Berlin tells CIA station chief to leave in spy scandal
The scandal has chilled relations with Washington to levels not seen since Merkel’s predecessor opposed the U.S. invasion of Iraq in 2003. It follows allegations that Merkel herself, who grew up in Stasi-ridden East Germany, was among thousands of Germans whose mobile phones have been bugged by American agents.
“Spying on allies … is a waste of energy,” the chancellor said in her most pointed public remarks yet on the issue. “We have so many problems, we should focus on the important things.”
Senior conservative supporters denounced U.S. “stupidity” and some Americans said spying on their friends had backfired.
“In the Cold War maybe there was general mistrust. Today we are living in the 21st century. Today there are completely new threats,” Merkel said in Berlin, once a key CIA listening post behind the Iron Curtain during the superpower duel with Moscow and now the reunited capital of Europe’s most powerful economy.
Her spokesman said the request for the top U.S. intelligence official in the Berlin embassy to leave was made in response to questions raised in recent months on U.S. intelligence activity in Germany and prosecutors’ investigations.
A U.S. government source said the official – whom neither side named – was Berlin station chief for the CIA, the Central Intelligence Agency. A German source said the man would face possible forcible expulsion if he did not leave voluntarily.
Washington’s embassy and Merkel’s office sit a few hundred metres apart. They lie east and west of what was the Berlin Wall, for the removal of which many Germans still give great credit to their U.S. ally – deepening today’s sense of betrayal.
On Wednesday, Berlin said it had discovered a suspected U.S. spy in the Defence Ministry. That came just days after a German foreign intelligence worker was arrested on suspicion of being a CIA informant and admitted passing documents to a U.S. contact.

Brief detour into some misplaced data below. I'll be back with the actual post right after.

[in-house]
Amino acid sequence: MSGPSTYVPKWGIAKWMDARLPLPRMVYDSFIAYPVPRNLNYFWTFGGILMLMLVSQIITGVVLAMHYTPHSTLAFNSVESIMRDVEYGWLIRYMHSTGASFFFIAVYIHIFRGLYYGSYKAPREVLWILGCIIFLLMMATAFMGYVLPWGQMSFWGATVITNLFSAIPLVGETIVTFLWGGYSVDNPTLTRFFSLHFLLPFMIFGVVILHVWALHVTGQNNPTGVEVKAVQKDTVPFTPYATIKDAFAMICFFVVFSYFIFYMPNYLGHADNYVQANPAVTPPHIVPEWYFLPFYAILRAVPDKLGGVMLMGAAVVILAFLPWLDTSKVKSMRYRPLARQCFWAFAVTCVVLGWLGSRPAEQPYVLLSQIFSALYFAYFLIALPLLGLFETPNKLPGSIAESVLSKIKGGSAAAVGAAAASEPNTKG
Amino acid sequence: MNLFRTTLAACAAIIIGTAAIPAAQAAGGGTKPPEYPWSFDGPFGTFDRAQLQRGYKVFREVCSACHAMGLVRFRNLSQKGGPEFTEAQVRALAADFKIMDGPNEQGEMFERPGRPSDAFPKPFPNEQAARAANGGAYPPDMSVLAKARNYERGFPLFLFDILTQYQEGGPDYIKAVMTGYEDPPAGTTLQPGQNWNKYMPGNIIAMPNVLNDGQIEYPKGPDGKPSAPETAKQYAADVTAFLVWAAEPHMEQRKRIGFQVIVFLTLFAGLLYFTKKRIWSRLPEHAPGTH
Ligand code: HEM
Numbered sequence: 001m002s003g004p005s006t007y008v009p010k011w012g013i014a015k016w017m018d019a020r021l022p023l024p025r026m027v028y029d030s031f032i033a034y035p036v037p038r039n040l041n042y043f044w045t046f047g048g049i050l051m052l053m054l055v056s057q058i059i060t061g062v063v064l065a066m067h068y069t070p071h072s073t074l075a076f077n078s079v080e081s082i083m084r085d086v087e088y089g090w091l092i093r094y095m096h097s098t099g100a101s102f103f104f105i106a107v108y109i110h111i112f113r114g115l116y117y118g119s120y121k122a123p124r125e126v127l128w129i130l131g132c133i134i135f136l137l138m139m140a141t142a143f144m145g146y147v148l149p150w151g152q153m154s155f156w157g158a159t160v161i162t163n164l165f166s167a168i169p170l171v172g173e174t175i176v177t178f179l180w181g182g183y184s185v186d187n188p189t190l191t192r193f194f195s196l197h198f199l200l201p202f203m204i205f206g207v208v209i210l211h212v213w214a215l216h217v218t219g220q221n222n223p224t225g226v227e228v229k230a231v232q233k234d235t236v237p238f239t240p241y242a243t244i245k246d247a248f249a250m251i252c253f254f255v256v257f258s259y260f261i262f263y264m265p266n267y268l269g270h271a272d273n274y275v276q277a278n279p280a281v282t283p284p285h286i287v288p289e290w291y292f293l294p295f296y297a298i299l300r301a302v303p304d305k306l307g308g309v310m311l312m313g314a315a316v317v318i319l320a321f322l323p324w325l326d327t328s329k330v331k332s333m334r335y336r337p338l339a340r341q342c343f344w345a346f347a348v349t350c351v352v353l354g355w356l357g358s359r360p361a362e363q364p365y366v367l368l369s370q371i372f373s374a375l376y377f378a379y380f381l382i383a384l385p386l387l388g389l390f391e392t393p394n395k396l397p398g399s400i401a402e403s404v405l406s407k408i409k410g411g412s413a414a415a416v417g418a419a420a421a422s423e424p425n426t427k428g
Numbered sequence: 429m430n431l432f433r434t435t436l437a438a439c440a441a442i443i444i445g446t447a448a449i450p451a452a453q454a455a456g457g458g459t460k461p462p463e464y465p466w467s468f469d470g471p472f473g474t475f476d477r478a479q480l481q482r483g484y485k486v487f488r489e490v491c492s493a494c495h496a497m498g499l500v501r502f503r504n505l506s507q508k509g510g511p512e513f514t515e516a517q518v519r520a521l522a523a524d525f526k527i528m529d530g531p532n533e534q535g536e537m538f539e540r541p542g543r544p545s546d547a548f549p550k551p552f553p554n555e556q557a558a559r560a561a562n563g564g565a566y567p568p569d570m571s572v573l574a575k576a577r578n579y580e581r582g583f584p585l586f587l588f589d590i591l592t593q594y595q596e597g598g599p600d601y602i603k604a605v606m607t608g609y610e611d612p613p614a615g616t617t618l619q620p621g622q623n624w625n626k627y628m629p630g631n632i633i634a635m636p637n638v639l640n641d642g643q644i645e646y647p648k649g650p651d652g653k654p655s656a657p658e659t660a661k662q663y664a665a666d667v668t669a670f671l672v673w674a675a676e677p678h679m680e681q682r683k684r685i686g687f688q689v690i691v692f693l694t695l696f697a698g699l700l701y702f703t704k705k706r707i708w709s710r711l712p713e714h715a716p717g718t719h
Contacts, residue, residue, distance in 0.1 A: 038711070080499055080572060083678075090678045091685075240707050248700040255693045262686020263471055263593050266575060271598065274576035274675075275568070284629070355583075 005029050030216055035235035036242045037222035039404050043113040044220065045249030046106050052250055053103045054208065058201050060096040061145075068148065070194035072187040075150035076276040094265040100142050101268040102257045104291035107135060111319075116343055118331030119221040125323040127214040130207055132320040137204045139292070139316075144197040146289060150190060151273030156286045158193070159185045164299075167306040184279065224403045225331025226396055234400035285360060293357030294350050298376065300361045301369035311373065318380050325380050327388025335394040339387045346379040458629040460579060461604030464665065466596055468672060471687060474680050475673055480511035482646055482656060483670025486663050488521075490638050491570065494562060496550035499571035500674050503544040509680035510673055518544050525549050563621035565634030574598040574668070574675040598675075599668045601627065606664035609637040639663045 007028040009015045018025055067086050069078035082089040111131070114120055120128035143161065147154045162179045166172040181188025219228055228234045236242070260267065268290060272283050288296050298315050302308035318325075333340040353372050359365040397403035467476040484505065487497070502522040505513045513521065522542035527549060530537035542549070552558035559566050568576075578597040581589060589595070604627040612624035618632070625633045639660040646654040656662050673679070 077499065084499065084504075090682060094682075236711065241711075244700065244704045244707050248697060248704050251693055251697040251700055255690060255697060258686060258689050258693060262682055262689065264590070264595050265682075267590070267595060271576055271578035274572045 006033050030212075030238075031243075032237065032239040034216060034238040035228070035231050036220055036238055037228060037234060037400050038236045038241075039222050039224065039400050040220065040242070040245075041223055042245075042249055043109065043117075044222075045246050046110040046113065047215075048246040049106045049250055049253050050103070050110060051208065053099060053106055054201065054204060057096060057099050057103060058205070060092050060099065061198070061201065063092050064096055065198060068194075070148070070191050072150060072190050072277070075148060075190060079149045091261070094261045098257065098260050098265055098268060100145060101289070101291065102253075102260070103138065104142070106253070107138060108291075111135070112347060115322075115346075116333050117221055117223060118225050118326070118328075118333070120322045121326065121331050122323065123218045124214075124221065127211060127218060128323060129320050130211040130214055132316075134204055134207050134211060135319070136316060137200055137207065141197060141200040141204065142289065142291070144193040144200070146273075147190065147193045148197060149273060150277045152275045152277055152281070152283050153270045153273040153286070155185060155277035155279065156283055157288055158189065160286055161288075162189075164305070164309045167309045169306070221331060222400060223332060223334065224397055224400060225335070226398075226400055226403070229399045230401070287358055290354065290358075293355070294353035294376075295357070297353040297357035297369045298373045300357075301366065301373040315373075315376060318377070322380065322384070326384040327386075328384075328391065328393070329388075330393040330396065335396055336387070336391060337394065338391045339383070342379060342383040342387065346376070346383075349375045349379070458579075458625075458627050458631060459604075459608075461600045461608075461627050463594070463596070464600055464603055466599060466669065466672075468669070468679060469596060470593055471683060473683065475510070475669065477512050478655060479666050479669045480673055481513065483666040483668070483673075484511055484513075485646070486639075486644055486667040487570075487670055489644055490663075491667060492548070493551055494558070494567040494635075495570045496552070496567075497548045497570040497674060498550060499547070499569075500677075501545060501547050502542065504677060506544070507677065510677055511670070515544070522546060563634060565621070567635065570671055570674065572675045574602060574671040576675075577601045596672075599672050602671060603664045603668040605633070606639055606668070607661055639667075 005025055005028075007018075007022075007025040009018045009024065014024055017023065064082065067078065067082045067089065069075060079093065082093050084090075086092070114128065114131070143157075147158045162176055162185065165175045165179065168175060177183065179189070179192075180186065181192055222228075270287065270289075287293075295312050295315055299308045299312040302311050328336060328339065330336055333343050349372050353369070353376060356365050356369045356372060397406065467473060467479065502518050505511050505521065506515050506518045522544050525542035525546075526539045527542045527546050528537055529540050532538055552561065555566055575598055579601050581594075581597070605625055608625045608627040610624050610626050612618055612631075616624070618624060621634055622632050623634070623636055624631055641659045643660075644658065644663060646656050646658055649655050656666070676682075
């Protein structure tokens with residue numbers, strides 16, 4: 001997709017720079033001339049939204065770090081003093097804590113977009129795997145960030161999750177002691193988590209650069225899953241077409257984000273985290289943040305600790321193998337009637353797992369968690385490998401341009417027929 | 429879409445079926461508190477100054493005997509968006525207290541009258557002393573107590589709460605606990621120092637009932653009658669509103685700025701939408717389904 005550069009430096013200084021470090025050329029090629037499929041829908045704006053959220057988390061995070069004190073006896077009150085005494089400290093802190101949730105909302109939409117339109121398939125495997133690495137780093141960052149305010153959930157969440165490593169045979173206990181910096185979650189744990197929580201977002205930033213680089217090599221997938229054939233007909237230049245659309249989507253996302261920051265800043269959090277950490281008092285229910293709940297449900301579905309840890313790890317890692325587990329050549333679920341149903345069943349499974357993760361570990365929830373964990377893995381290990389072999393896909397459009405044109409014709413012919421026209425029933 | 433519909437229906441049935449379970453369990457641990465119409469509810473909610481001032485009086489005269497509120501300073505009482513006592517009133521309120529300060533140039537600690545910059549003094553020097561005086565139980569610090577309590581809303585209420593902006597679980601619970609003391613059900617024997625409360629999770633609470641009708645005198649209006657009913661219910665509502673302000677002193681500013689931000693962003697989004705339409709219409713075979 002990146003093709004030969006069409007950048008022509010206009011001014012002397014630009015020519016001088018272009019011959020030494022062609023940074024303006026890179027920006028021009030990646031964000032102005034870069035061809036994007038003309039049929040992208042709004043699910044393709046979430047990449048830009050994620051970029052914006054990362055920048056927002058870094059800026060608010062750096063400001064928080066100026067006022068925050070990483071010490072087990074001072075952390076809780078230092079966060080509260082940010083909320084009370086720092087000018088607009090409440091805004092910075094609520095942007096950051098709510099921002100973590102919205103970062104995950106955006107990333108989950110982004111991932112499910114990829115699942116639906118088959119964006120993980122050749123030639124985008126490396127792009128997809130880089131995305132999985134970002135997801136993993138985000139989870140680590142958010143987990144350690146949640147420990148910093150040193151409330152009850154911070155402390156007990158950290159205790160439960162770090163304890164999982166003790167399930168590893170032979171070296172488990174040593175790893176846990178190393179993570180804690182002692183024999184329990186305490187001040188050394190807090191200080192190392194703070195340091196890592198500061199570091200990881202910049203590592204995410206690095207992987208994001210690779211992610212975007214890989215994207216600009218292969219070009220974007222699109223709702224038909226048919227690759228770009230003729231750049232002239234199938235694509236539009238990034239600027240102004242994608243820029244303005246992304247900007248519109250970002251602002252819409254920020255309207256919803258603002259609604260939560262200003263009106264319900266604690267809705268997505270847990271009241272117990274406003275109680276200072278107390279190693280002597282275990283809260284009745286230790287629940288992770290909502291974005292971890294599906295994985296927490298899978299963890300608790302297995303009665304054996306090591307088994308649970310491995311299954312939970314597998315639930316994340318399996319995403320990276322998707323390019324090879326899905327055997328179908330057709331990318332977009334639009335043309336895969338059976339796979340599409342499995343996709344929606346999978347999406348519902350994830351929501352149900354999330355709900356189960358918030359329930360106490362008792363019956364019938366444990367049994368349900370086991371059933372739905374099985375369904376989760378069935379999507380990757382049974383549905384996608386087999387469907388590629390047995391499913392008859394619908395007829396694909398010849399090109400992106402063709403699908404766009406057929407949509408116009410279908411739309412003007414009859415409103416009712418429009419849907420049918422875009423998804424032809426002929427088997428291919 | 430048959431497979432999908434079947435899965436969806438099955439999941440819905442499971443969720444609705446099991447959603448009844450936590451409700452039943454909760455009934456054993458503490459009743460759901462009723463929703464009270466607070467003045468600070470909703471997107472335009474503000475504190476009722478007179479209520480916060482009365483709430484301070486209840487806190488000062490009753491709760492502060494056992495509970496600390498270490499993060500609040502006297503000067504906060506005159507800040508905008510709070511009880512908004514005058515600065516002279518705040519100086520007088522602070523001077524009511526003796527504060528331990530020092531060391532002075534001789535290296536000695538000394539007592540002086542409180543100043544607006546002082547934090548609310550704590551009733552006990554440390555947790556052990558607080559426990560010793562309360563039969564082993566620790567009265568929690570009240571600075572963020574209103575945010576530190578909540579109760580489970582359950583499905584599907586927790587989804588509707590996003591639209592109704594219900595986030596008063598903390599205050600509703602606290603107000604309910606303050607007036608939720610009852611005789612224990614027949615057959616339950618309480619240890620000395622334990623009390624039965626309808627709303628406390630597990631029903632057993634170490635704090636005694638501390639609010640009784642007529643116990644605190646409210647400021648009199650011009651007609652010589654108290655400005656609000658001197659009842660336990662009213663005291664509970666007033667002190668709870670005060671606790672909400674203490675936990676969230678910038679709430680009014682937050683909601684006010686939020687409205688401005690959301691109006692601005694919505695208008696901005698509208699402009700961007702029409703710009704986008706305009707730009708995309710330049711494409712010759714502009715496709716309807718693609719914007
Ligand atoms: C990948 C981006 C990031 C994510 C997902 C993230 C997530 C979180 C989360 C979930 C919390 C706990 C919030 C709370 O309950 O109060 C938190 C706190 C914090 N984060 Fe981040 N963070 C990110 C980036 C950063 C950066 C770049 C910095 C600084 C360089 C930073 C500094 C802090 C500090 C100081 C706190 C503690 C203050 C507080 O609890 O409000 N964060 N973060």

The scale of public outrage at these revelations has put pressure on Merkel to take action against the United States, an ally whose defence of West Germany in the Cold War long assured Americans a warmer welcome there than elsewhere in Europe.
However, there is a limit to what she can do and both sides stressed the need to continue to work closely together. They have done increasingly in recent years, on issues from Iran to Ukraine, as Germany shakes off its postwar reticence in foreign affairs and takes on a role more suited to its economic weight.
Experts said that talks on a free trade deal between the European Union and United States, called the Transatlantic Trade and Investment Partnership (TTIP), may be affected; Berlin may push harder on some aspects of the deal in areas such as data protection – long a major concern for Germans after the abuses of the Nazi Gestapo and East German Stasi secret police.
“But the idea that Merkel would somehow try to torpedo TTIP is not really likely,” said Germany expert Hans Kundnani at European Council on Foreign Relations in London.
John Kornblum, a former U.S. ambassador to Germany who still lives in Berlin, said: “I believe the Germans are telling the Americans, ‘We want to continue close cooperation but you’ve pushed us too far and have forced us to react’.”
Merkel’s government poured scorn on the alleged espionage.
Interior Minister Thomas de Maiziere said the information the United States appeared to have obtained was “laughable”, contrasting that with the “disproportionate and serious political damage” the scandal had caused.
Merkel was “not amused”, Finance Minister Wolfgang Schaeuble said, adding: “This is so stupid, it can only make you weep.”
Tensions have risen since revelations last year stemming from documents leaked by Edward Snowden, a contractor with the U.S. National Security Agency (NSA). Those caused Berlin to demand a mutual “no-spy deal” which Washington has resisted.
“Ever since the NSA disclosures broke last year, the issue of U.S. spying has been an extremely sensitive issue in Germany,” said Karen Donfried, president of the German Marshall Fund of the United States, which promotes U.S.-European ties.
Some Americans asked whether the espionage activities were worth the bother: “I am not troubled that the United States conducts espionage, even against friendly states,” said one former senior U.S. intelligence official.
“I am troubled when we attempt espionage and do not do it well. We learn nothing and we embarrass a friend and ourselves.”-Reuters